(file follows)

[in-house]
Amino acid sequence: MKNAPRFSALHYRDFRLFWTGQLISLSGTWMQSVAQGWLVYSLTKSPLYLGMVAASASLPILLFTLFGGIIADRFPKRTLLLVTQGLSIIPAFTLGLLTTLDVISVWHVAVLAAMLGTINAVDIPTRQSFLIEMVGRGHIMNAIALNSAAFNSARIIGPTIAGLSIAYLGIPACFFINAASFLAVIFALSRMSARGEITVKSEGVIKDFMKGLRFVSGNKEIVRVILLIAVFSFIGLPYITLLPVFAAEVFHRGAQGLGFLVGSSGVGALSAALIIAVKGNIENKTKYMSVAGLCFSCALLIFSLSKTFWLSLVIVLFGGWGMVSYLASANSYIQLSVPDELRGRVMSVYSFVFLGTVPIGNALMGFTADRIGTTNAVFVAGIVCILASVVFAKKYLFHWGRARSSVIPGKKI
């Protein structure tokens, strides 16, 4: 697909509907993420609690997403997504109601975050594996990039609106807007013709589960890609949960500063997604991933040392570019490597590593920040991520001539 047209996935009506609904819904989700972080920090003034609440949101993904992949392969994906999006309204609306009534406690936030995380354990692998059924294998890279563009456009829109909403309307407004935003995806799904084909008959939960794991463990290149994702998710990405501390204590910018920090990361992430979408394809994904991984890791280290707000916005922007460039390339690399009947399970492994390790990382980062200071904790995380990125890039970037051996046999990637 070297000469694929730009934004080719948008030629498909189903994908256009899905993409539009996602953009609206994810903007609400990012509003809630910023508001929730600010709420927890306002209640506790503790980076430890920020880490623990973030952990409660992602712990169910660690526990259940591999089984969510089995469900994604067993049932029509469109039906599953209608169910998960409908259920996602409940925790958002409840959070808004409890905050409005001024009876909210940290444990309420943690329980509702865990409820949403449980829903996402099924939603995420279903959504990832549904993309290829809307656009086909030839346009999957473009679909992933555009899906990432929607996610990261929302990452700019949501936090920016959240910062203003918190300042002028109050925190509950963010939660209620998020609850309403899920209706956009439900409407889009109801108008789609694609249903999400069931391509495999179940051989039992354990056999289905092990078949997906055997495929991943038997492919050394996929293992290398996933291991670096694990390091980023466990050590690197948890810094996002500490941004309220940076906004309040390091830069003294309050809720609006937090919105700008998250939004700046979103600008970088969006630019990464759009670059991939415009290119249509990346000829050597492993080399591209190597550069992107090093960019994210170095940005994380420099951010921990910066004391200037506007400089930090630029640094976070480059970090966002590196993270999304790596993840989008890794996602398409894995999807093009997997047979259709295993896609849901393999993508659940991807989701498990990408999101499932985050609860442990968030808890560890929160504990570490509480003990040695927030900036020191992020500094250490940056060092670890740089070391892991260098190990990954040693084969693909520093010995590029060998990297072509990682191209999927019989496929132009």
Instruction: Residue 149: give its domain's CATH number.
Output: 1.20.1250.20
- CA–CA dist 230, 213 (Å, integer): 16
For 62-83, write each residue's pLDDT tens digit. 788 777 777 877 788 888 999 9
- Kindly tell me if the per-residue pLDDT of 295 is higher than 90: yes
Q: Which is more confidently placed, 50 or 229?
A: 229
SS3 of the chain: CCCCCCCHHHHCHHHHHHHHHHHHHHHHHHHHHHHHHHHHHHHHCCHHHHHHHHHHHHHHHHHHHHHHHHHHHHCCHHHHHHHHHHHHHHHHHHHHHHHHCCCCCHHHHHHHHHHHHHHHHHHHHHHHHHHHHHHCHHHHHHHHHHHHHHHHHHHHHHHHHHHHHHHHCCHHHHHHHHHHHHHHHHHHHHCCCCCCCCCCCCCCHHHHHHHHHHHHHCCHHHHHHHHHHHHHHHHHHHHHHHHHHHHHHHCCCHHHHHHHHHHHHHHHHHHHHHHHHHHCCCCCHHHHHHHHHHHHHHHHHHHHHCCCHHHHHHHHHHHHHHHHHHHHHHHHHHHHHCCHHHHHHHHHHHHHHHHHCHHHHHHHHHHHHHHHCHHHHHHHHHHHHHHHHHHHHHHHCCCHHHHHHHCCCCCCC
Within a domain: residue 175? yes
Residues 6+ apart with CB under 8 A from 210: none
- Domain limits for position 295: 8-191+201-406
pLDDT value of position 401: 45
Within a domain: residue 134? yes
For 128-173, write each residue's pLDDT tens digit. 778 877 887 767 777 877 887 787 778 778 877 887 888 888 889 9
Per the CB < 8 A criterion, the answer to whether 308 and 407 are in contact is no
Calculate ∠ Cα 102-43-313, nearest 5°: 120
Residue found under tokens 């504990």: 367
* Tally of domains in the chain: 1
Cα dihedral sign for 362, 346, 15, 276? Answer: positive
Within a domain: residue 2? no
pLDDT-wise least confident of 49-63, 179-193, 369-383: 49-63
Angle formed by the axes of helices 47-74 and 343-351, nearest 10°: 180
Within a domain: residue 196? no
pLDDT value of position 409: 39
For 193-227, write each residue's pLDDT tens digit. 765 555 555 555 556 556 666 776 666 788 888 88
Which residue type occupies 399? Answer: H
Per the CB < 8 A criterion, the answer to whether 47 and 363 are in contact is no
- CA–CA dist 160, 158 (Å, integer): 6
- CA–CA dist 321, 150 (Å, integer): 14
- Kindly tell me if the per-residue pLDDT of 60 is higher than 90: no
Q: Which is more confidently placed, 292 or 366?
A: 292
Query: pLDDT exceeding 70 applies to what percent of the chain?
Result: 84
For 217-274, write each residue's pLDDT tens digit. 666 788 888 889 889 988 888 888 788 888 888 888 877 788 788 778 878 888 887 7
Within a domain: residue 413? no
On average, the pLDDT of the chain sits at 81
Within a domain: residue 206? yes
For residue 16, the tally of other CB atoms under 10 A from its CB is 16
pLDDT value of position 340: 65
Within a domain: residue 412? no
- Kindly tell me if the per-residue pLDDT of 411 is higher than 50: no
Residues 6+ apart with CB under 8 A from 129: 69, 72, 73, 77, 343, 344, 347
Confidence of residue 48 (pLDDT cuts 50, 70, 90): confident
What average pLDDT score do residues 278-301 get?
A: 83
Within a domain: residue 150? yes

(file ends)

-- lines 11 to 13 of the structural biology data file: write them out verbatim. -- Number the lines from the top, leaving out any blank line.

SS3 of the chain: CCCCCCCHHHHCHHHHHHHHHHHHHHHHHHHHHHHHHHHHHHHHCCHHHHHHHHHHHHHHHHHHHHHHHHHHHHCCHHHHHHHHHHHHHHHHHHHHHHHHCCCCCHHHHHHHHHHHHHHHHHHHHHHHHHHHHHHCHHHHHHHHHHHHHHHHHHHHHHHHHHHHHHHHCCHHHHHHHHHHHHHHHHHHHHCCCCCCCCCCCCCCHHHHHHHHHHHHHCCHHHHHHHHHHHHHHHHHHHHHHHHHHHHHHHCCCHHHHHHHHHHHHHHHHHHHHHHHHHHCCCCCHHHHHHHHHHHHHHHHHHHHHCCCHHHHHHHHHHHHHHHHHHHHHHHHHHHHHCCHHHHHHHHHHHHHHHHHCHHHHHHHHHHHHHHHCHHHHHHHHHHHHHHHHHHHHHHHCCCHHHHHHHCCCCCCC
Within a domain: residue 175? yes
Residues 6+ apart with CB under 8 A from 210: none